Use of oxygen barrier film on bunkers or piles helps exclude air, reduces surface spoilage, and minimizes precipitation runoff contact with the silage. Monitor water drainage and minimize water infiltration around silage piles, bunkers, and bag storage areas after rainfall and during snowmelt. Good sanitation around silage piles, bunkers, and bags discourages pest damage to plastic covers and bags to help maintain an oxygen-free environment around the silage.
It is important to note that even though visual signs of mold may not be present on the plant mycotoxins may still be present. If a crop is thought to have fungal diseases and possible mycotoxin contamination, proper ensiling conditions are critical to decrease toxin production after harvest. Nevertheless, this cannot eliminate already present toxins. Care should be taken to make sure silage is packed properly to minimize the presence of oxygen within the silage, because most fungi cannot survive in anaerobic conditions. A rapid decrease in the pH of the ensiled crop can also help to decrease the amount of toxins, as most of the fungi are intolerant of low pH. The top layers of silage oftentimes are at the most risk as they typically have more chance of air exposure. Not feeding the top layer may help decrease the incidence of mycotoxin related health events. Manage silage bunker and pile faces carefully, as well as daily usage rates to minimize air entry and secondary fermentation. Laboratory analyses of molds, mycotoxins, and yeasts are available for at-risk feeds are recommended before feedout. If the test does show presence of toxins, there are several additives that can be used to help mitigate the negative impacts of the toxins. Follow FDA guidelines and safety recommendations for mycotoxin-containing feeds.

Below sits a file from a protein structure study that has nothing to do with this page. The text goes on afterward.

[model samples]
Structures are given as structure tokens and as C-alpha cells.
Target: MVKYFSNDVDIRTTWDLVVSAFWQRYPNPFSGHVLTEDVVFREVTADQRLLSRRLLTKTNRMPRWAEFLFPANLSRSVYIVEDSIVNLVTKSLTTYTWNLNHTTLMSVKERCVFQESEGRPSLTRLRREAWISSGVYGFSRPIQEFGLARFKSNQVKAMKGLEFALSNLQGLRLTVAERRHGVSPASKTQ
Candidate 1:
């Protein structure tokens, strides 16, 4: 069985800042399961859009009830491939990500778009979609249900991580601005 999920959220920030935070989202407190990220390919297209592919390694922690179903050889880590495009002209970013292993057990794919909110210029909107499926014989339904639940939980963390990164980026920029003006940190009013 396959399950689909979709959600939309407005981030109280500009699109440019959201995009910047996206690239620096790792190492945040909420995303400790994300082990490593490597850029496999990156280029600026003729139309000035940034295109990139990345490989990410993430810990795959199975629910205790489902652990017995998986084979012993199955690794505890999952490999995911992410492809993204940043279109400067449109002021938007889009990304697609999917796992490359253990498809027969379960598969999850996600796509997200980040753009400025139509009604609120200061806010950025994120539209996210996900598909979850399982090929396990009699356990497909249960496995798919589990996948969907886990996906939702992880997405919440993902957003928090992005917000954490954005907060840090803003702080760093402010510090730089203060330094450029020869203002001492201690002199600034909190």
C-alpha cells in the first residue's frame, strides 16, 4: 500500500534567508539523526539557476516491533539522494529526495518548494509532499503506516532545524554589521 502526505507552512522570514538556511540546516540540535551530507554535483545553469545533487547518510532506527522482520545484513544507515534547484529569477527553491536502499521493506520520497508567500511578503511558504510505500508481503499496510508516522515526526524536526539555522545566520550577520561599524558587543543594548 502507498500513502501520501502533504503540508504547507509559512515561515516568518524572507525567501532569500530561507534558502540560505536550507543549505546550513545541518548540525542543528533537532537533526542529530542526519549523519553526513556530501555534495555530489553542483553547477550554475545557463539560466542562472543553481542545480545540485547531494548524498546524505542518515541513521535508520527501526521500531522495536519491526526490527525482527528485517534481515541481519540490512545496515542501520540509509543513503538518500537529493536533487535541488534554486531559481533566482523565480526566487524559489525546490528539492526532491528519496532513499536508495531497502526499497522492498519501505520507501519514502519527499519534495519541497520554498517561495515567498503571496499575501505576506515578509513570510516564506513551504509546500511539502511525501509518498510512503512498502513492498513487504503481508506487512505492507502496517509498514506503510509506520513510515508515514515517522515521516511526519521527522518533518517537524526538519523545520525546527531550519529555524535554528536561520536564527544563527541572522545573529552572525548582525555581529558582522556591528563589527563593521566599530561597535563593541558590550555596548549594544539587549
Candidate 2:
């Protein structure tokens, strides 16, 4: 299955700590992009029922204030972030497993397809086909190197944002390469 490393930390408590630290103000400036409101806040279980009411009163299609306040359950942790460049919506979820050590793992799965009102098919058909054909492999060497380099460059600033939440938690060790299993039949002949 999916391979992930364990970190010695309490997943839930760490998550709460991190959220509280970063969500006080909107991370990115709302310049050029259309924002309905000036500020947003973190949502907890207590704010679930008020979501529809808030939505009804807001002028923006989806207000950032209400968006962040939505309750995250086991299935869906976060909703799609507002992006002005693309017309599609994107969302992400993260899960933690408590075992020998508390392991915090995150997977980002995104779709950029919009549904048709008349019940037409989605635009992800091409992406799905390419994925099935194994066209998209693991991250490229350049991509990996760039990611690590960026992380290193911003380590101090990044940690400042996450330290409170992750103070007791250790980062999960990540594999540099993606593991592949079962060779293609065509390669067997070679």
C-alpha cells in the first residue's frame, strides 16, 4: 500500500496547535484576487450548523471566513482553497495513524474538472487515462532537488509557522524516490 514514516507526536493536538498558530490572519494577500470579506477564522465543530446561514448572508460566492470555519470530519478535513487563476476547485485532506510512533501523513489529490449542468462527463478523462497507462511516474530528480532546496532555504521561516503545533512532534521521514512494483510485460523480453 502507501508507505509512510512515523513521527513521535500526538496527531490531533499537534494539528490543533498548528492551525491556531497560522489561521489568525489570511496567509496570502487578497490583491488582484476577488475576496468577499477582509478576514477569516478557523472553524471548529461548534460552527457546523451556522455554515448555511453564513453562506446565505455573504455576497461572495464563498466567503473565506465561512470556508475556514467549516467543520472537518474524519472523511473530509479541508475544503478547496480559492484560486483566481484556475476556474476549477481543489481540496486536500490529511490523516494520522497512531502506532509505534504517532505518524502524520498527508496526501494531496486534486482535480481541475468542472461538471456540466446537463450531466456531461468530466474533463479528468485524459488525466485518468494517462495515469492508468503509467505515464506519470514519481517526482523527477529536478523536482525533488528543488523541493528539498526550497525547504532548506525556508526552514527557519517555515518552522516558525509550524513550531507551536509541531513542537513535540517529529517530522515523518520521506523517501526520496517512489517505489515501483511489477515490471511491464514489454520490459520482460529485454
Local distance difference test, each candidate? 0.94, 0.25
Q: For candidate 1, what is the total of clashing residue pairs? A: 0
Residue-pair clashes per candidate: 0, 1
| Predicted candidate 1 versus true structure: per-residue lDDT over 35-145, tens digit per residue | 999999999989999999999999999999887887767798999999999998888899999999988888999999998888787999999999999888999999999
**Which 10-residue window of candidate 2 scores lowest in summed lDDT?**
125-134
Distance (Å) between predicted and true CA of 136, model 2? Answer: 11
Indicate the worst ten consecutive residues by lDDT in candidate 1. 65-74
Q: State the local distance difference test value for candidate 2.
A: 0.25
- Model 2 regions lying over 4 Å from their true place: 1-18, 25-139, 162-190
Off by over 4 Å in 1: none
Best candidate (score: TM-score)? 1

Table 1: Common toxins, favorable conditions of development, and animal health concerns.
|Fungi||Common Toxins Produced||Favorable Conditions||Animal Health Concerns|
|Fusarium||Trichothecenes A, (T2, HT-2), Trichothecenes B (DON),
|Field: High humidity, high temperature fluctuation (Cool, wet conditions)
Ensiling: growth unfavorable due to silage pH, however toxins are not completely destroyed in ensiling
|Gastroenteritis, intestinal hemorrhages, reduction in performance, reproductive problems, reduced protein flow to duodenum, altered rumen fermentation|
|Aspergillus Flavus||Aflatoxins||Field: High temperature, high humidity, drought stress, insect pressure; presents as a kernel infection
Ensiling: Aerobic conditions can increase toxin production, toxin can persist through ensiling
|Reduced milk production, decreased efficiency, Liver malfunction, depression of ruminal function
** FDA regulated for carryover into milk and possible carcinogenic effects
|Aspergillus (other)||Gliotoxin, Ochratoxin||Field: Hot, dry conditions
Ensiling: improper DM of silage, high silage pH, improper storage conditions, air exposure
|Decrease in reproductive performance, immune suppression, hemorrhagic bowel syndrome|
Adapted from Ogunade et al 2018